Wednesday, January 11, 2017
Xuan-Thao Nguyen (Indiana-Indianapolis) & Jeffrey A. Maine (Maine), Branding Taxation, 50 Ga. L. Rev. 399 (2016):
Brand advertising and enforcement represent a significant investment by most firms. Yet, surprisingly, little scholarship is devoted to the ideal tax regime that should govern investments in both brand building and brand enforcement. Current tax rules governing branding evolved in the absence of an appropriate legal framework. The result is a regime with incoherent tax distinctions that lack theoretical justification, suggesting that legislative or administrative changes are warranted. This Article concludes that the current tax treatment of ordinary brand advertising (expensing) serves legitimate goals--expensing stimulates economic growth, furthers administrative efficiency, and creates an even playing field between businesses that advertise their own brands and businesses that choose instead to license from others the right to use well-known trademarks.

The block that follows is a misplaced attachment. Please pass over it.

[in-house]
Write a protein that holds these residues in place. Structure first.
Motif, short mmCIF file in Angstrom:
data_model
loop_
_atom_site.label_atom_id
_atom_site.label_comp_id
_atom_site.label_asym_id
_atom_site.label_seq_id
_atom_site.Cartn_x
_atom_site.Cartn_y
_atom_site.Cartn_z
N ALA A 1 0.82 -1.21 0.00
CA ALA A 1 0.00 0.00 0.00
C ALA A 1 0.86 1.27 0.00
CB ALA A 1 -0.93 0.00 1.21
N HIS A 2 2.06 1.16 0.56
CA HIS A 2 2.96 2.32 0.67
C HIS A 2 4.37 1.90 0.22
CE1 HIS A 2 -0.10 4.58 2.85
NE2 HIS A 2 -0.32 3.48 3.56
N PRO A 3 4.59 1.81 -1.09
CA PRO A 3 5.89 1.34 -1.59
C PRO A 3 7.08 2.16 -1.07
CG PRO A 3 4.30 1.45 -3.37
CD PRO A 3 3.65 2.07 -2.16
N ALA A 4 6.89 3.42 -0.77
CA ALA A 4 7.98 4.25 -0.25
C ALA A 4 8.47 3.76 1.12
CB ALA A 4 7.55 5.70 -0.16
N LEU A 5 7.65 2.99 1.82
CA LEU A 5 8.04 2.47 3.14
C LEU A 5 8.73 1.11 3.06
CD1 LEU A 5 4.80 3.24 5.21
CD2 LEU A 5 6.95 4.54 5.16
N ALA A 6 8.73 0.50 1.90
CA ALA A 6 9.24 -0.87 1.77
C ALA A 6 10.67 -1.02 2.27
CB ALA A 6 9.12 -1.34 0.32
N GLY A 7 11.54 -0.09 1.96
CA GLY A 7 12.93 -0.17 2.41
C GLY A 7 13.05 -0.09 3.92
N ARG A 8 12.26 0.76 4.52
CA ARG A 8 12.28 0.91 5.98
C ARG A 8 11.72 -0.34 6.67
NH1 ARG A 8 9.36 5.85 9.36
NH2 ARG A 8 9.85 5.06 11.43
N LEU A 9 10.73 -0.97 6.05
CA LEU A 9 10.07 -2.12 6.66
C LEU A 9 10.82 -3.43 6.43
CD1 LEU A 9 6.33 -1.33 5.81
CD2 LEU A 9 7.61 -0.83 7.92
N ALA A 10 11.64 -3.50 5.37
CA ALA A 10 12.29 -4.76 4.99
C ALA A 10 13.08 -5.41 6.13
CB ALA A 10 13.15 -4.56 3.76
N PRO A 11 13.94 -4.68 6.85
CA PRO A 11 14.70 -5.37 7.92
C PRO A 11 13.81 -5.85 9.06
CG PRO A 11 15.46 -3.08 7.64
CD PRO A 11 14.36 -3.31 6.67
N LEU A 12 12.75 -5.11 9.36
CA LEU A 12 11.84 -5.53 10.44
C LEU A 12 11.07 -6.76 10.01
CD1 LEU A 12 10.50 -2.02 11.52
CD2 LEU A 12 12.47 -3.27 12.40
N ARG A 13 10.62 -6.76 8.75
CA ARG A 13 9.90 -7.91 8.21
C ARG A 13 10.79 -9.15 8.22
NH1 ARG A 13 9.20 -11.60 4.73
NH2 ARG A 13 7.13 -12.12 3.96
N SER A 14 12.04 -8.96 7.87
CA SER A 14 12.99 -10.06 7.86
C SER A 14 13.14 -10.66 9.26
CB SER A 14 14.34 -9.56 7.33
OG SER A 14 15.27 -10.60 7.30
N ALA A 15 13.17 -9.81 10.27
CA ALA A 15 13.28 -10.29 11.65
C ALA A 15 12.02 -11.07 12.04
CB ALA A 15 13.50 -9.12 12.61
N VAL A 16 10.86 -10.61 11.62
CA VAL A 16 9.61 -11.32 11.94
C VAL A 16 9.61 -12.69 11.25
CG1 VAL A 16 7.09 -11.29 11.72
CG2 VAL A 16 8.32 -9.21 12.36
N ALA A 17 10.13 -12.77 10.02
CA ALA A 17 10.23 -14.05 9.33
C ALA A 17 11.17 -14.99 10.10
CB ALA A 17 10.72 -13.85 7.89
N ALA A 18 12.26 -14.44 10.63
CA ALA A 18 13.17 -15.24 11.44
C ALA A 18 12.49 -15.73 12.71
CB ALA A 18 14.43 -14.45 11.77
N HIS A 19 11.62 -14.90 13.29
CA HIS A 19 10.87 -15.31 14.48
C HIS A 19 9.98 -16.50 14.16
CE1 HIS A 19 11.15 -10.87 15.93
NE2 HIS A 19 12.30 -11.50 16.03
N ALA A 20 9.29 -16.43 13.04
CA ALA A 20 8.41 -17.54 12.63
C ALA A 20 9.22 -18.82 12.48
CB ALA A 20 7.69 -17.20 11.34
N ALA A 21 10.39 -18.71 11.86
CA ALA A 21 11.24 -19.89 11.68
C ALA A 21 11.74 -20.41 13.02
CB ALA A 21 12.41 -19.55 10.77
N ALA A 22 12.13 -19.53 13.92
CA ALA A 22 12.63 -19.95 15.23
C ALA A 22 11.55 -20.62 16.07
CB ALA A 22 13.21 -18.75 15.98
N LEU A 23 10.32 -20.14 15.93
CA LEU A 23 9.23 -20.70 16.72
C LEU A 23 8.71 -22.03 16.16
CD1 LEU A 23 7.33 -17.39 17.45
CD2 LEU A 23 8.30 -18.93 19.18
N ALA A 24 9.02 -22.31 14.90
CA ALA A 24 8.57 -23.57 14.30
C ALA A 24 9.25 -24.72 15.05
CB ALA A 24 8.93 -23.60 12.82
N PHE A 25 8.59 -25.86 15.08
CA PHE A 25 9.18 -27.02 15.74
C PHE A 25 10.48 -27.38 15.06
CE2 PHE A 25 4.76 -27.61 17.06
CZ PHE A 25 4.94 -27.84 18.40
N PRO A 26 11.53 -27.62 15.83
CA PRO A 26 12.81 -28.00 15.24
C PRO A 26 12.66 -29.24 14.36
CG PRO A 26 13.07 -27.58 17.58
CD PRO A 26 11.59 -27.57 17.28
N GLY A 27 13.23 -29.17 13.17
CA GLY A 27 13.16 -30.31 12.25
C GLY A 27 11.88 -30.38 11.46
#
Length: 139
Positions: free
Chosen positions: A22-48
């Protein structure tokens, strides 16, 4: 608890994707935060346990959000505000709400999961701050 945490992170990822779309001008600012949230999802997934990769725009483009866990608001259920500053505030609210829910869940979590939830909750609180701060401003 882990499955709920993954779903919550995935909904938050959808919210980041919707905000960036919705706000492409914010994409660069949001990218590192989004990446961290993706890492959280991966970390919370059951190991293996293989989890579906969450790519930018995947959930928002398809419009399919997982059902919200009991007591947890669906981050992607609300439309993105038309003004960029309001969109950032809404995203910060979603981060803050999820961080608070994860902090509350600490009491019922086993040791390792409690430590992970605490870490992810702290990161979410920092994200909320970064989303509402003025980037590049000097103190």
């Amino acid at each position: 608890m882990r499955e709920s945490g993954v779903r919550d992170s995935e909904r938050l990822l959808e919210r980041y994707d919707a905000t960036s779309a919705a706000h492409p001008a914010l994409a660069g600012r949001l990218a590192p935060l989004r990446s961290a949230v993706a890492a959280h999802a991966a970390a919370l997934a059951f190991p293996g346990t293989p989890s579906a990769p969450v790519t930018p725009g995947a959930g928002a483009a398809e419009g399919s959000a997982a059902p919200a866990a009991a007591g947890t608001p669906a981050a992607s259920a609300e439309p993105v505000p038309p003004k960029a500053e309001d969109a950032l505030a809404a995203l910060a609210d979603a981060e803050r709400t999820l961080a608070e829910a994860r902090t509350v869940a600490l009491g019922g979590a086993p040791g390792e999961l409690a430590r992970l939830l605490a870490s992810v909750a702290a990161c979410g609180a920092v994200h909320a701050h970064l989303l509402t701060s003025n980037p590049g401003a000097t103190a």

However, current tax treatment of advertising campaigns (expensing) is fundamentally flawed: campaign expenditures, which strengthen, restore, or elevate the brand, should be analogized to costs of improvements to tangible property, which have long been considered nondeductible capital expenditures. This Article also concludes that the current tax distinction between trademark infringement claims and unfair competition claims is unjustified. If substance is to prevail in tax jurisprudence, litigation costs incurred in unfair competition claims should be capitalized to reflect that both claims are brought primarily to establish a taxpayer's trademark and not to recover income.